We recently got new passports, a project that was at least a dozen times more expensive and tedious than doing my taxes. I once had a web product that failed big-time. A major contributor to that failure was tedium of getting new users through the sign-up process. Each screen they had to step triggered the lost of 10 to 20% of the users. Reducing the friction of that process was key to survival. It is a thousand times easier to get a cell phone or a credit card than it is to get a passport or a learner’s permit. That wasn’t the case two decades ago.He mentions some cases where friction may actually be socially useful, as in making it harder to get liquor and easier to get condoms, or some automobile traffic engineering. Then he gets to the especially interesting part.
— Friction, by Ben Hyde, Ascription is an Anathema to any Enthusiasm, 10 May 2007
In Internet identity, some camps are trying to raise the friction, while others are trying to lower it:
Privacy and security advocates are attempting to lower the temp. and increase the friction. Thus you get the mess around the passport, real-id, and the banks. Wearing that hat it seems perfectly reasonable that one should present photo id when you vote, or have your biometrics captured if you cross a boarder. On the other hand there are those who seek in the solution to the internet identity problem a way to raise the temperature and lower the friction. That more rather than less transactions would take place. That more blog postings garner good coments, that more wiki pages will be touched up, that more account relationships will emerge rather than less.And in meatspace we’ve seen that increasing the friction has consequences such as the U.S. now being considered the most traveler-unfriendly country in the world, and as Ben points out, A Caribbean island is offering to pay U.S. citizens the cost of getting a passport, because so many people are not wanting to go through the hassle anymore.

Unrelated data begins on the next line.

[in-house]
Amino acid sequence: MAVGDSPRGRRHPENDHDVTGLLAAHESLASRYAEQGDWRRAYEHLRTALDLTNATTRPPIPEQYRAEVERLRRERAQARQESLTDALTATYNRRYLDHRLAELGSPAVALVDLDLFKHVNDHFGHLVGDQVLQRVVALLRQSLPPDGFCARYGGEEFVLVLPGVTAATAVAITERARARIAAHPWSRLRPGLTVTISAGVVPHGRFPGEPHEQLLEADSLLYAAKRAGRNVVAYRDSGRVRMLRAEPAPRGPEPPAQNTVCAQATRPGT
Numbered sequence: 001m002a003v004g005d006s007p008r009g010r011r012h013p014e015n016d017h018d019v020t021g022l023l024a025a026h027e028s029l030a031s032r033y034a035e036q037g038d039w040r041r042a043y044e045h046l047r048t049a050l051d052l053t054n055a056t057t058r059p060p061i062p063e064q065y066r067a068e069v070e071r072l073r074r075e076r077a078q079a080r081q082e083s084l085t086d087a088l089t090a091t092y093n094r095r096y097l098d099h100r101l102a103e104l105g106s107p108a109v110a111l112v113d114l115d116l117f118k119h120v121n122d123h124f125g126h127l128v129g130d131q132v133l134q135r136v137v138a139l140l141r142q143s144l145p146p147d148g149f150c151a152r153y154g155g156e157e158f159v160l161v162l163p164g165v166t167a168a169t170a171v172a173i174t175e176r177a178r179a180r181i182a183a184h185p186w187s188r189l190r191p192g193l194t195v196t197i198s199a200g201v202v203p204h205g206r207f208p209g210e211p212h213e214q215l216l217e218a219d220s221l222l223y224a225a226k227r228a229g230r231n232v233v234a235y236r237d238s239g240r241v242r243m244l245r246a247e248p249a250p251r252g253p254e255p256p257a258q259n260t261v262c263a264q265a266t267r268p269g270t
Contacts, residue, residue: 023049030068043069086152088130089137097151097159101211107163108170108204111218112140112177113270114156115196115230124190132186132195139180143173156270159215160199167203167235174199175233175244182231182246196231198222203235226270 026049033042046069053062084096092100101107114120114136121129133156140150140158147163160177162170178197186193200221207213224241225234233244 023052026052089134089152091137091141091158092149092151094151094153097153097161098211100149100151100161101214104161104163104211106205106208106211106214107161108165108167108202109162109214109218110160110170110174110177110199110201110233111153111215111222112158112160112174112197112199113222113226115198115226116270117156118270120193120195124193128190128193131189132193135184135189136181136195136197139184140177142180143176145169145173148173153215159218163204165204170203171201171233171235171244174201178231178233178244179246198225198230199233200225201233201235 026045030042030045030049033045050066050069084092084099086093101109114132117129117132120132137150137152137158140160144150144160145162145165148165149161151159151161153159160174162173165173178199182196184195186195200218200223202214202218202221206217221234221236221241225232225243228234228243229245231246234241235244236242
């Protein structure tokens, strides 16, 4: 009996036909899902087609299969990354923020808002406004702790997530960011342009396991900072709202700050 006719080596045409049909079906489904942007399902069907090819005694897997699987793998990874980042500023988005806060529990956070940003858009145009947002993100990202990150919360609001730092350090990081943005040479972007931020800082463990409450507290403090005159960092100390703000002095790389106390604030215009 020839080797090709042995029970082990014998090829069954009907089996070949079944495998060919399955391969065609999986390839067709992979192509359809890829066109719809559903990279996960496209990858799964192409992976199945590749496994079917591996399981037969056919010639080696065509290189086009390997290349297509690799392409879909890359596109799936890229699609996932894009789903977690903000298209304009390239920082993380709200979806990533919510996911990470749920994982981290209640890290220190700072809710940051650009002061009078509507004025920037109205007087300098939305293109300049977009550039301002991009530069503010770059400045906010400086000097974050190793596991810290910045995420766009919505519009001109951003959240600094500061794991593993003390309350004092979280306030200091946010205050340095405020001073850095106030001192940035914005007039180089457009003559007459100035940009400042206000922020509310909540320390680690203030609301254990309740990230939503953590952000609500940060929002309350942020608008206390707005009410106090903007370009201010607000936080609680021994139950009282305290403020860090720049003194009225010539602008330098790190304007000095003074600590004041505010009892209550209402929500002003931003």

Ben sees this, at least in the Internet space, as a matter of striking a balance. I see much of it as counterproductive design.
For example, one of Ben’s examples is banks requiring multiple pieces of information to log in, which he has to share with his wife, since they share an account. That’s an ancient problem, easily solved by letting multiple account users have multiple accounts. I don’t mean multiple bank accounts in this case; merely two online accounts to access the bank account.
Ben points out that some of the political friction implemented in recent years, such as making it harder for people to vote, may redound to the benefit of a particular political party. More difficult passports could, as well, because people travelling and getting to know more about the world could redound to the benefit of a different political party. I might be for the passport procedures, if I thought they actually did any good, but I’ve seen no evidence that they do. One would think that before implementing changes that make it much harder for people to get a document that they need to exercise a basic right (travel) that a compelling case would be made for the need for such changes.
For banks, doing something beyond simple username and password has become necessary due to phishing, which most bank online users can see for themselves. The actual implementation may miss some stitches, as in Ben’s spouse account sharing case.
For many of the non-Internet friction increases of recent years, no such case has been made.